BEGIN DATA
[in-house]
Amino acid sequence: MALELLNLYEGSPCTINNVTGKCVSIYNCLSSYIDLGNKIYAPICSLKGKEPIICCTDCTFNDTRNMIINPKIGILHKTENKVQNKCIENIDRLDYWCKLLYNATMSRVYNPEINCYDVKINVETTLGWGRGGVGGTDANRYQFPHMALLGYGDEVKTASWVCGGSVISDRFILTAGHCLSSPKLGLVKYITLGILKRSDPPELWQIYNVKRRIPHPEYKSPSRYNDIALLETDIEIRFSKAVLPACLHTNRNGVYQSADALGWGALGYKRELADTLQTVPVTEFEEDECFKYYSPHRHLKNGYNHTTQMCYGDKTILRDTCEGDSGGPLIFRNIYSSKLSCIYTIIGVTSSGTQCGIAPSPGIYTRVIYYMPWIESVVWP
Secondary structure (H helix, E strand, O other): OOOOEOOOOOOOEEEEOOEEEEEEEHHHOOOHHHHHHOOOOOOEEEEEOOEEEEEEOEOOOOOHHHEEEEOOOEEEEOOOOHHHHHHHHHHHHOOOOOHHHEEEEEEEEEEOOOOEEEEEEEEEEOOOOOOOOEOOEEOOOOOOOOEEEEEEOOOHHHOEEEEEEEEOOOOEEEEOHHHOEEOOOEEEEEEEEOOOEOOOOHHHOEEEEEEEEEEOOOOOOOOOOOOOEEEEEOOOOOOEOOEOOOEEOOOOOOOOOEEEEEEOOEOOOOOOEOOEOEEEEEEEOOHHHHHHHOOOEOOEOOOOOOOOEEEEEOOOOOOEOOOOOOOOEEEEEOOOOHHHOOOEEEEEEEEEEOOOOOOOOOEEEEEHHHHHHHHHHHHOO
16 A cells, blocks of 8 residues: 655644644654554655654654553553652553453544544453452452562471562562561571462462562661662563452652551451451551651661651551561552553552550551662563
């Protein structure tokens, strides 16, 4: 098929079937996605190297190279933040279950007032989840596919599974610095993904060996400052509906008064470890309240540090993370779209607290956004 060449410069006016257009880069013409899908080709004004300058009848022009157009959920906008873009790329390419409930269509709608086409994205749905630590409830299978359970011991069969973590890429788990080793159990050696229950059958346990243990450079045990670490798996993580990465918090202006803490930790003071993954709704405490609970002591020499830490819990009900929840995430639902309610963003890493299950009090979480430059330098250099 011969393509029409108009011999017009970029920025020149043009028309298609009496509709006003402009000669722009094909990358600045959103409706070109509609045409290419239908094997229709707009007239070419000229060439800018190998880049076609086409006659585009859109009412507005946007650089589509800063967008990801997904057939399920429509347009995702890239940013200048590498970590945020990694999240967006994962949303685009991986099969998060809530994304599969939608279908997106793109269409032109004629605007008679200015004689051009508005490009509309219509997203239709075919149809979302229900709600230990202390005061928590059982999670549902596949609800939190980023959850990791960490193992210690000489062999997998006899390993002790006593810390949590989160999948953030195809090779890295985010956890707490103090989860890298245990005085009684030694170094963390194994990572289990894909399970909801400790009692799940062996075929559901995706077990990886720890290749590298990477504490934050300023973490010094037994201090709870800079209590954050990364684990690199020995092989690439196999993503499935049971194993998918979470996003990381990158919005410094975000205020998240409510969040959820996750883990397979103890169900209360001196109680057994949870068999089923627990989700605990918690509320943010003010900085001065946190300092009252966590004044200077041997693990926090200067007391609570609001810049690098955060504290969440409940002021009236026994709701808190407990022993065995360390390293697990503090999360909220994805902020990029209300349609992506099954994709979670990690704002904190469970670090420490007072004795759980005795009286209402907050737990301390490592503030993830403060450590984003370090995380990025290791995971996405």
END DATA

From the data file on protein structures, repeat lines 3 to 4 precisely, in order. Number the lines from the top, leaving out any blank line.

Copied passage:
Secondary structure (H helix, E strand, O other): OOOOEOOOOOOOEEEEOOEEEEEEEHHHOOOHHHHHHOOOOOOEEEEEOOEEEEEEOEOOOOOHHHEEEEOOOEEEEOOOOHHHHHHHHHHHHOOOOOHHHEEEEEEEEEEOOOOEEEEEEEEEEOOOOOOOOEOOEEOOOOOOOOEEEEEEOOOHHHOEEEEEEEEOOOOEEEEOHHHOEEOOOEEEEEEEEOOOEOOOOHHHOEEEEEEEEEEOOOOOOOOOOOOOEEEEEOOOOOOEOOEOOOEEOOOOOOOOOEEEEEEOOEOOOOOOEOOEOEEEEEEEOOHHHHHHHOOOEOOEOOOOOOOOEEEEEOOOOOOEOOOOOOOOEEEEEOOOOHHHOOOEEEEEEEEEEOOOOOOOOOEEEEEHHHHHHHHHHHHOO
16 A cells, blocks of 8 residues: 655644644654554655654654553553652553453544544453452452562471562562561571462462562661662563452652551451451551651661651551561552553552550551662563